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16th September 2014

Buzz wires and pop-pop boats at Saarbrücken’s “Wissenswerkstatt” science knowledge workshop

“The Wissenswerkstatt workshop has set itself the task of familiarising children and teenagers with science and technology in an enjoyable way. Our involvement in this organisation helps ensure at an early stage that we have a steady stream of up-and-coming specialists in these occupational areas,” explains Jörg Sick, HR Director Business Area Germany, who also acts as treasurer of the charity’s board.

The organisation is sponsored by Hager Electro GmbH & Co. KG as the founding member and by other large companies in the region such as ZF, Schaeffler, Festo, Voit, Saint Gobain and the industry association Verband der Metall- und Elektro-Industrie. “As one of the major companies in the region, we regard it as our social responsibility to support projects like this and get actively involved in showing young people career perspectives,” emphasises Oswald Bubel, Managing Director of Hager Electro GmbH & Co. KG, who also represented the company when the organisation was founded.

Learning programmes at Eurobahnhof railway station
The Wissenswerkstatt workshop was officially opened on 4th July 2014 in the historic bus depot at Saarbrücken’s Eurobahnhof. Over an area of more than 450 square metres, aspiring scientists have not only a mechanical workshop for metal and wood work at their disposal, but also laboratories for physics experiments and electrical and control technology as well as a room for robotics.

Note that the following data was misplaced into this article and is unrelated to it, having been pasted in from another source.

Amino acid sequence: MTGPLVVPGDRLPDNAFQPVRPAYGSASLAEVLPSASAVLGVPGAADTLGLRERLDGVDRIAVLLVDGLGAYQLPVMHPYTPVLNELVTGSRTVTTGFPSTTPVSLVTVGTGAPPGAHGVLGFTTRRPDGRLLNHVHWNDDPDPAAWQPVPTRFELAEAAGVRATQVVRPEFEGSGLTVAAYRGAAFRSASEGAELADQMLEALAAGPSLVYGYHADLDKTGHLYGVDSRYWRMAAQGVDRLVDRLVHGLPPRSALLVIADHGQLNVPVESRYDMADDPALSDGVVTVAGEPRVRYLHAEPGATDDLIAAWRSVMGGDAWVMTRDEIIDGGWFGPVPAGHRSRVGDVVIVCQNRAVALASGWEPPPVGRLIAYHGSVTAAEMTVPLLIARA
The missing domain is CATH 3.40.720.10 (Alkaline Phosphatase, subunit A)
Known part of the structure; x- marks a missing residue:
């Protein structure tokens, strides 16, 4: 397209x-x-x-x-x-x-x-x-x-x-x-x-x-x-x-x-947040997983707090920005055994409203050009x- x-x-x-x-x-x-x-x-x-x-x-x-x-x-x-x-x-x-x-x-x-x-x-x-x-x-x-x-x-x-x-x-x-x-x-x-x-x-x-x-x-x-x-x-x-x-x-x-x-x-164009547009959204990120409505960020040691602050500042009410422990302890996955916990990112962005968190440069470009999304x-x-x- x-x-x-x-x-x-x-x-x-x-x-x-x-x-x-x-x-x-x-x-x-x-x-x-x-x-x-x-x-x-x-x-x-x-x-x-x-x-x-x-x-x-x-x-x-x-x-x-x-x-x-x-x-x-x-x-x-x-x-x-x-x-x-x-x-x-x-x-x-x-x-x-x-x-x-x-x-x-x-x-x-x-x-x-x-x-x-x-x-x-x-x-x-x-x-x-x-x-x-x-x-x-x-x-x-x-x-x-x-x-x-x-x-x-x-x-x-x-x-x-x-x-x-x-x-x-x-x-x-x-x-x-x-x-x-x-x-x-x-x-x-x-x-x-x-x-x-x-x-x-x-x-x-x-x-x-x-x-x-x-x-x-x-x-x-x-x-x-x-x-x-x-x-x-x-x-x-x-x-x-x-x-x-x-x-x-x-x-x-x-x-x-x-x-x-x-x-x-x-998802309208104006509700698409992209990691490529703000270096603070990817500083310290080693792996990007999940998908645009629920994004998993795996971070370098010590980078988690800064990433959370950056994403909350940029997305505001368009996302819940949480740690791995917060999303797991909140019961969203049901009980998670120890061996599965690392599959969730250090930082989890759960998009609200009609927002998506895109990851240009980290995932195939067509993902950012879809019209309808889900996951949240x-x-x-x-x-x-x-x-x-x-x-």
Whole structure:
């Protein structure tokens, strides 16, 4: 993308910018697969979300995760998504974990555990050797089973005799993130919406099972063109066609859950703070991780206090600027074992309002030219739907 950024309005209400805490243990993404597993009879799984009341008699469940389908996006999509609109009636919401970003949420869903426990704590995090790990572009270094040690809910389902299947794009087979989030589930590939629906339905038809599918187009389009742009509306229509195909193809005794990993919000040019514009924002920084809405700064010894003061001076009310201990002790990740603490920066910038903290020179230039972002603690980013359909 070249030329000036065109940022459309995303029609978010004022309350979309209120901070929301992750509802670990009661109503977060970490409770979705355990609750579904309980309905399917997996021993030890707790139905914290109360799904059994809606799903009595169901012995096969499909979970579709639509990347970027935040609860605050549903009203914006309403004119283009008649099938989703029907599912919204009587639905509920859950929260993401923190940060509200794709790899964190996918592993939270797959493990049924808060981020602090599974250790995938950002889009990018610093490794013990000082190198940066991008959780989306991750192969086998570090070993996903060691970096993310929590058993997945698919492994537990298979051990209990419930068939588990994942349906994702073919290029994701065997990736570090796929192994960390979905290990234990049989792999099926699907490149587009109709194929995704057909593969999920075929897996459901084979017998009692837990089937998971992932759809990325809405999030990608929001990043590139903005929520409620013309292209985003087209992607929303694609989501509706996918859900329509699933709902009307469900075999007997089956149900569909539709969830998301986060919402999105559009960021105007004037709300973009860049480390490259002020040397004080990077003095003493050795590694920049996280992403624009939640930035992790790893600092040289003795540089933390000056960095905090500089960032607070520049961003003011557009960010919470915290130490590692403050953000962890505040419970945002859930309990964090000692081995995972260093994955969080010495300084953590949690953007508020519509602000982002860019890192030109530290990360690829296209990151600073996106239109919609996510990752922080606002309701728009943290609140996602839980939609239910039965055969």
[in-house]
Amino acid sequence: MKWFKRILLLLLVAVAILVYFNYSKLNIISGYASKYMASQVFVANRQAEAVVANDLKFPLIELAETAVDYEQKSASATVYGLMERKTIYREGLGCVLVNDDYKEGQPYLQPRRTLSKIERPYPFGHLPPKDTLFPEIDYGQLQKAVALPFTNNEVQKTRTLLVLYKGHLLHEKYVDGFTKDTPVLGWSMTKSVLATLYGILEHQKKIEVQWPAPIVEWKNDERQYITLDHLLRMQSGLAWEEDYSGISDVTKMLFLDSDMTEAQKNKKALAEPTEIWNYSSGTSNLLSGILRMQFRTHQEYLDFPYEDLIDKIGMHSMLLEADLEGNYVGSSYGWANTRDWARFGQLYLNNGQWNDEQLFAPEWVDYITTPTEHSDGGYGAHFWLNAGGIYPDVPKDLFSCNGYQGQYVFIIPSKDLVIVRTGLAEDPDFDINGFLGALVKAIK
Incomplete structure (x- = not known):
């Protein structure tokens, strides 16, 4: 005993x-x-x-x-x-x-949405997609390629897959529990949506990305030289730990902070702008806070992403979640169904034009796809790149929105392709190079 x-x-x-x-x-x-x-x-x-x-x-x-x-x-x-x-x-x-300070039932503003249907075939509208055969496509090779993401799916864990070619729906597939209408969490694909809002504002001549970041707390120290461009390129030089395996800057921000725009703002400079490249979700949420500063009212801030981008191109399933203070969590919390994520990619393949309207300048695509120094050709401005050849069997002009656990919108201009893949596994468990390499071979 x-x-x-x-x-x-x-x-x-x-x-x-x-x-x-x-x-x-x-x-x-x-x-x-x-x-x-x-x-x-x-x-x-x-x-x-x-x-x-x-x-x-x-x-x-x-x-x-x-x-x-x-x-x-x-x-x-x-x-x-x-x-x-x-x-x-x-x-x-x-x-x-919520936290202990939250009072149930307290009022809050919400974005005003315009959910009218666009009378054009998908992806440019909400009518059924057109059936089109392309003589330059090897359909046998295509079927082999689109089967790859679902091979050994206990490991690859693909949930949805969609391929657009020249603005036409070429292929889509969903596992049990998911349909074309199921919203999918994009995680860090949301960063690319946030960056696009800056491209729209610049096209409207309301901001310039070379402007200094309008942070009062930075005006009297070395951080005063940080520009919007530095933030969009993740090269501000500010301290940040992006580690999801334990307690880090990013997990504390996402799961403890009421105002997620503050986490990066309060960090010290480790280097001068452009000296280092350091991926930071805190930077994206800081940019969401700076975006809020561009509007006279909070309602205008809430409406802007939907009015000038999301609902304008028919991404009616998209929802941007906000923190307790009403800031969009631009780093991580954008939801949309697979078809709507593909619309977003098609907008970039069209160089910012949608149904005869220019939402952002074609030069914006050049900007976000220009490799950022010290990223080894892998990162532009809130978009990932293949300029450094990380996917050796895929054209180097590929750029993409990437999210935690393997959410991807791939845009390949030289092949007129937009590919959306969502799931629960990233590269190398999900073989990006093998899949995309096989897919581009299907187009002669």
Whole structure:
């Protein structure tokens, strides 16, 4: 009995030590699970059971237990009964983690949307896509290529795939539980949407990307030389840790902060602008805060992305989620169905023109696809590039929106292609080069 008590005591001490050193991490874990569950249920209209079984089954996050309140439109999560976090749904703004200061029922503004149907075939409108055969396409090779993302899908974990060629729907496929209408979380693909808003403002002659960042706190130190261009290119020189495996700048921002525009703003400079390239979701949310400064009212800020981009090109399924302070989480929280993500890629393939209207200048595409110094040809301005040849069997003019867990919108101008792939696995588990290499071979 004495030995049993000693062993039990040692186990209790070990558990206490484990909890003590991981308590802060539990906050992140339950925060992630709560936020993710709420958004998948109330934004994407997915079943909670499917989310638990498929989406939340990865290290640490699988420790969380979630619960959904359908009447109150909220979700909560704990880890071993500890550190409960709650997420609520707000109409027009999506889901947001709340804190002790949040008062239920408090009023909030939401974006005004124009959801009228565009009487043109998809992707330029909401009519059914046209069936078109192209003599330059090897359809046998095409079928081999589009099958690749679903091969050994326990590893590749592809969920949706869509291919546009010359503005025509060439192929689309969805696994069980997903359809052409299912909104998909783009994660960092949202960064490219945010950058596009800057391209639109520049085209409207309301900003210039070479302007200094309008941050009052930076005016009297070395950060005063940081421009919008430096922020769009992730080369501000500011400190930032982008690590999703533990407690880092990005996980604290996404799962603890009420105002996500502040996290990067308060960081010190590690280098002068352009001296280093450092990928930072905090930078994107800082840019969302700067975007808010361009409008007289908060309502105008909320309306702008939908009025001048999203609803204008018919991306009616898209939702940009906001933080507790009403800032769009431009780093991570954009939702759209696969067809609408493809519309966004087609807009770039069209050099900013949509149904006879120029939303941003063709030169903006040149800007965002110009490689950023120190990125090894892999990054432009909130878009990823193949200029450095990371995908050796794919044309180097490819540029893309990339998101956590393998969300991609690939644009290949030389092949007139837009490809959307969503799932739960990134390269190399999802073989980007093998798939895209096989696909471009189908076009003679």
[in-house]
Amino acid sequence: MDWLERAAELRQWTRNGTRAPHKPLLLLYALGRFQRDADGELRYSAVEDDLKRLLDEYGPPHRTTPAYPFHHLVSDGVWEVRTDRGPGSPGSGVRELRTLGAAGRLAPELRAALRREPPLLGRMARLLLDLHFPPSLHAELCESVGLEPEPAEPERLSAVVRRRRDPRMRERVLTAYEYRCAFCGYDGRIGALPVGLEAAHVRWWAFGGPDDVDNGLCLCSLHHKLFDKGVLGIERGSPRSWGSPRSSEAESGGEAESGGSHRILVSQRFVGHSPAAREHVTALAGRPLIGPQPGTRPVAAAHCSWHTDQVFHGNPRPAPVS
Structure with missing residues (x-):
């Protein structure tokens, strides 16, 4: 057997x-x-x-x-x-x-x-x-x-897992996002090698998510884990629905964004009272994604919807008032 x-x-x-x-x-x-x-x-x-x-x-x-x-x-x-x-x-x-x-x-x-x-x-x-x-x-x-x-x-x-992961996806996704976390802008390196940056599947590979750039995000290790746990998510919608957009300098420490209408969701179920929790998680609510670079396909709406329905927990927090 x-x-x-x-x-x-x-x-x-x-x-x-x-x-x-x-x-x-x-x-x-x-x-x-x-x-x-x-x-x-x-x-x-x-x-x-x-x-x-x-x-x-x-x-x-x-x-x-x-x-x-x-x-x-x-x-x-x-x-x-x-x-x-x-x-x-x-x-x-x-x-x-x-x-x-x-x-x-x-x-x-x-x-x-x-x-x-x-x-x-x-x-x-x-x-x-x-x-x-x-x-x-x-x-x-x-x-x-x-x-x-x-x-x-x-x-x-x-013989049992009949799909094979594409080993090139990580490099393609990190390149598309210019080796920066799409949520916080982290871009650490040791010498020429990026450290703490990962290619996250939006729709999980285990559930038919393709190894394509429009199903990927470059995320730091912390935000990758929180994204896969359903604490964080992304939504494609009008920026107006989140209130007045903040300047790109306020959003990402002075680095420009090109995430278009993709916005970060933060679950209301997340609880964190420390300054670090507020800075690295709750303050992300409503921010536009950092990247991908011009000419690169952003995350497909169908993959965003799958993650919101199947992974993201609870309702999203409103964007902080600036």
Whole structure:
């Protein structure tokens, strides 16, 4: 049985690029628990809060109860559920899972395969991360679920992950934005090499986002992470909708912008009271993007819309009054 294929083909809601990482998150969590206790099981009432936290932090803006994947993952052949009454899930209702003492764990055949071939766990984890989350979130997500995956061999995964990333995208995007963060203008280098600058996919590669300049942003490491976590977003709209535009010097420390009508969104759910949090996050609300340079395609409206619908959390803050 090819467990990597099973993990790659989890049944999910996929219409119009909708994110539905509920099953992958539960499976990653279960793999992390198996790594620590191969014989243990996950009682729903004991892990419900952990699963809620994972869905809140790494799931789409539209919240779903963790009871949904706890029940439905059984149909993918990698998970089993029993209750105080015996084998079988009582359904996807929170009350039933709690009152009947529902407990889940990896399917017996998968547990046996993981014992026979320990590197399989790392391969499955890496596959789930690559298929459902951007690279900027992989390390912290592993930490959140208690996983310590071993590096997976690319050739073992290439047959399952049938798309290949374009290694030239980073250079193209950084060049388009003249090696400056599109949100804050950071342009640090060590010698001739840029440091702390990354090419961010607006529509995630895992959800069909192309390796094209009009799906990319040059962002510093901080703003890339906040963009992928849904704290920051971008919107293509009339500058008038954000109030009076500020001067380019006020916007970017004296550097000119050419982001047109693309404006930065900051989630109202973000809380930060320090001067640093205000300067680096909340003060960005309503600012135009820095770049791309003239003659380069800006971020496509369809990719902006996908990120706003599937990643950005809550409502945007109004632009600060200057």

In the extra-curricular educational facility, boys and girls aged from eight to eighteen can experience technical phenomena and understand everyday technology by carrying out their own tests and experiments – for example building pop-pop boats or by putting their skills to the test with the buzz wire game, which is based on a simple electric circuit. While doing all this, they also learn practical skills such as soldering. That is because in the Wissenswerkstatt, doing things yourself is actively encouraged and all participants are allowed to take their creations home with them at the end of the course. “We want to dispel the fear that young people, girls in particular, feel when confronted with technology and science. They should experience how much fun tinkering, experimenting and researching can be,” explains Jörg Sick. The idea: if children and teenagers develop an interest in mathematics, natural sciences, technology (MINT) and the environment at an early stage and recognise their talent, they can be shown long-term occupational and personal prospects in the MINT sector. This is because Hager Group, like many other companies, is dependent on technical specialists and engineers – especially against the backdrop of demographic change. “Sparking curiosity today might well gain us the engineers of tomorrow: this is precisely why we are involved in the Wissenswerkstatt,” explains Jörg Sick.

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